“For someone continuously putting time, effort and anxiety into trying to improve and control objects, events and people in their life, it becomes like chasing the end of the rainbow,” he says.

A question he asks patients for this risk is: if you were employing someone on an hourly basis, would you pay them more to do things the way you do them?


5. If you’ve ever had a GA, did you feel an enormous sense of relief just before you went under? (Presence of chronic anxiety)

“Chronic anxiety, especially at a high level, drains people’s energy and fuels depression,” Associate Professor Horgan says. “Many people do not realise that ‘anxiety’ has different meanings to different people, be it being stressed, uptight, worrying, nervous or apprehensive.”

Associate Professor Horgan suggests a possible question to ask a patient for this factor: if you have had a general anaesthetic, just as you were about to go under and into a deep sleep, did you feel an enormous sense of relief or calmness?

“If they answer ‘yes’, this suggests the person is carrying a significant degree of anxiety,” he says.


6. Do any of your immediate family members have a history of depression or another mental health disorder? (Genetic makeup)

“A family history of depression, anxiety, alcoholism or bipolar illness all increase the risks of depression, which is why it is good to ask someone about their family history,” Associate Professor Horgan says.

“It’s good to remind patients that ‘you can choose your friends but not your relatives’. All people come as a package deal of positives and negatives, genetically and in personality characteristics.”


7. If you had to relive your life or childhood, what would you wish was different? (Unresolved emotional pain)

“Trauma fits under here,” says Associate Professor Horgan.

He suggests a useful question to ask patients to gauge this is: if you had to relive your life or childhood, what would you wish was different?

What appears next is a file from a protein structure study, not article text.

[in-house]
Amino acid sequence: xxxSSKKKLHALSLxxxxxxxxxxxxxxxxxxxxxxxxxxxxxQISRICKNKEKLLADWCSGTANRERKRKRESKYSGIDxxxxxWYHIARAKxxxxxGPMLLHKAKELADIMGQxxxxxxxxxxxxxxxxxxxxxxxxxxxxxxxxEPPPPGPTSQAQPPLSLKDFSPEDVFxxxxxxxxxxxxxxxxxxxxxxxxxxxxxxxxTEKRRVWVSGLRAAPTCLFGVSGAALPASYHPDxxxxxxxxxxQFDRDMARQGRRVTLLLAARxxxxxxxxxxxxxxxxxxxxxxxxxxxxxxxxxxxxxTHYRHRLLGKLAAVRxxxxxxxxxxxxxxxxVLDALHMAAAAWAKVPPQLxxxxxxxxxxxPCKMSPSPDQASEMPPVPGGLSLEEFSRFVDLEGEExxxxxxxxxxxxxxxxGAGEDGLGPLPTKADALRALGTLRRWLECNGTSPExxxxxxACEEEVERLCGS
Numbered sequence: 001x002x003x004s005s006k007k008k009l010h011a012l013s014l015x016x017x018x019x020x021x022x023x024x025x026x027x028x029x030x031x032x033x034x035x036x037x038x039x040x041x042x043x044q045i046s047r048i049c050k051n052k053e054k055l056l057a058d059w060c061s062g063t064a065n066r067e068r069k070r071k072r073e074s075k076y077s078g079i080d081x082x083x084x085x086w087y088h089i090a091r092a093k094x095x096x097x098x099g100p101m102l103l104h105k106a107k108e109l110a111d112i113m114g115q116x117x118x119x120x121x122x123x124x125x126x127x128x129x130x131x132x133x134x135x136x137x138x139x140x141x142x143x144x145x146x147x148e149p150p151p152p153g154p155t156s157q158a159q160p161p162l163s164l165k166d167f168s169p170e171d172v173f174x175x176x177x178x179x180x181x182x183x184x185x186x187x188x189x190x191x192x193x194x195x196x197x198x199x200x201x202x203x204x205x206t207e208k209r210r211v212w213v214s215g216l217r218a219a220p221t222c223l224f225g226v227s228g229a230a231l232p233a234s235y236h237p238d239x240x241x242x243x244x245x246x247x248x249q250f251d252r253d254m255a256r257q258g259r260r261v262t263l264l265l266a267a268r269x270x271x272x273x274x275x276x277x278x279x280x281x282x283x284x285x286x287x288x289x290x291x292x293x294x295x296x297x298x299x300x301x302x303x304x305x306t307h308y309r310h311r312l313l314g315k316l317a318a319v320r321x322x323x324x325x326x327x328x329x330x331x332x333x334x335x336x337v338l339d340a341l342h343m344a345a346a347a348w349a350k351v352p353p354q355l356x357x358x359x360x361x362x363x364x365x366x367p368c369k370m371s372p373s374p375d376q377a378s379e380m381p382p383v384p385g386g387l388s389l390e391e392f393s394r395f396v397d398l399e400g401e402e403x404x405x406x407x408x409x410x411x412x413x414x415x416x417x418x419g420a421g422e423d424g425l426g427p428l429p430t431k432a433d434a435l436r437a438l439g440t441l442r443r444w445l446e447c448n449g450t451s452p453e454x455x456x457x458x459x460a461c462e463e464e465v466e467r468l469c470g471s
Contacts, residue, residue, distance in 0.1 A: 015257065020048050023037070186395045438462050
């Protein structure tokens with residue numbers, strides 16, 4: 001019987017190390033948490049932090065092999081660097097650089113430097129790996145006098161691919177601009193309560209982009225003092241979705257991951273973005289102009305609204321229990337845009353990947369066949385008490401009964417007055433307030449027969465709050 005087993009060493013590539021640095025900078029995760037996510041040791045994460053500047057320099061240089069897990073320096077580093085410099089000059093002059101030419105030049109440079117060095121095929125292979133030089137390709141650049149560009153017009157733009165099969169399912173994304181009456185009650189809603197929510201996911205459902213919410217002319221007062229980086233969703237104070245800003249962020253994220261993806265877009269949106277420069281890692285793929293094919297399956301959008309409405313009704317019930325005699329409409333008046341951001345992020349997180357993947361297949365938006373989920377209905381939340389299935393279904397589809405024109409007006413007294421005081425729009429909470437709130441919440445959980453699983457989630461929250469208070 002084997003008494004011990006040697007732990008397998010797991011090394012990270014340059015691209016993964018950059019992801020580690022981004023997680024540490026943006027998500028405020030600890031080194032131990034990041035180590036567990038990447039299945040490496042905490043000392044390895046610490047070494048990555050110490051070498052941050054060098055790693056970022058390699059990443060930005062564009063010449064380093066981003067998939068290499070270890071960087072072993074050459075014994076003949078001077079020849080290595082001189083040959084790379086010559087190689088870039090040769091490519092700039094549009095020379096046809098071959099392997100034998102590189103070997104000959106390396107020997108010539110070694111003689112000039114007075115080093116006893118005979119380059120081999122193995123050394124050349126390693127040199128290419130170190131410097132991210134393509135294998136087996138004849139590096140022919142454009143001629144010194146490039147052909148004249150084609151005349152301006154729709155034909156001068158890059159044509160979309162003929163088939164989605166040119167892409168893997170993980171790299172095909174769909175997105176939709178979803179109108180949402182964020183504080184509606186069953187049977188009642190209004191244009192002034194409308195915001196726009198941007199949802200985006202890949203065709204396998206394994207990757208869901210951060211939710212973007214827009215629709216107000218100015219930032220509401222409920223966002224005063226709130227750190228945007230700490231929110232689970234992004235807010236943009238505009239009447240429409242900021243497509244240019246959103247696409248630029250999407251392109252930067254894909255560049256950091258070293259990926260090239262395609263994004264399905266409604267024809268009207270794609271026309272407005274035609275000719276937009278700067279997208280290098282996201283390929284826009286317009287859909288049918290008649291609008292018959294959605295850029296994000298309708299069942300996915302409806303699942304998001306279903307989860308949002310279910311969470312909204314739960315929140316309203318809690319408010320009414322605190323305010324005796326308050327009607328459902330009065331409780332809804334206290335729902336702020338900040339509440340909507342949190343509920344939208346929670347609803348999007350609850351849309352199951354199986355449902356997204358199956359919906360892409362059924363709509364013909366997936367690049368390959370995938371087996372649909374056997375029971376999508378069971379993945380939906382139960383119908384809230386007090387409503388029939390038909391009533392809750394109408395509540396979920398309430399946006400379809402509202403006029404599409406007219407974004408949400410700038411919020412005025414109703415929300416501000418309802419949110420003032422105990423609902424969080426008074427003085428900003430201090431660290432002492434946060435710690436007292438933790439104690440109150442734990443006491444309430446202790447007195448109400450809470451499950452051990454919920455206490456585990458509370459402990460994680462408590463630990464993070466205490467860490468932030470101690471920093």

GPs should also be aware of big life events, like getting married, moving house or having a baby. Associate Professor Horgan says they can cause depression and have an ‘incubation period’ of up to 3 months.

Rating a patient on each category will give GPs an indication of how vulnerable a person is to stress and depression, affecting the balance of medication and therapy appropriate to each patient. Reading and concentration can be used to titrate medication, but a person’s vulnerability to stress can remain unattended to.

“When you are giving someone antidepressants you are working backwards by first repairing the damaged chemistry. But ideally, you also need to help the person deal with whatever stresses are going on and their vulnerability factors,” he says.

For treating risk factors, Associate Professor Horgan recommends CBT, psychotherapy, and relationship advice. He says free CBT provided by MoodGym and ThisWayUp are useful for multiple conditions, and MoodGym can provide a diagnosis, which is useful for patients reluctant to believe they have an illness.

“Of course, it’s not possible to treat all of the vulnerabilities in one consult. Twenty minutes once a week or fortnight in an ongoing way can make a huge difference, instead of long disruptive consults.”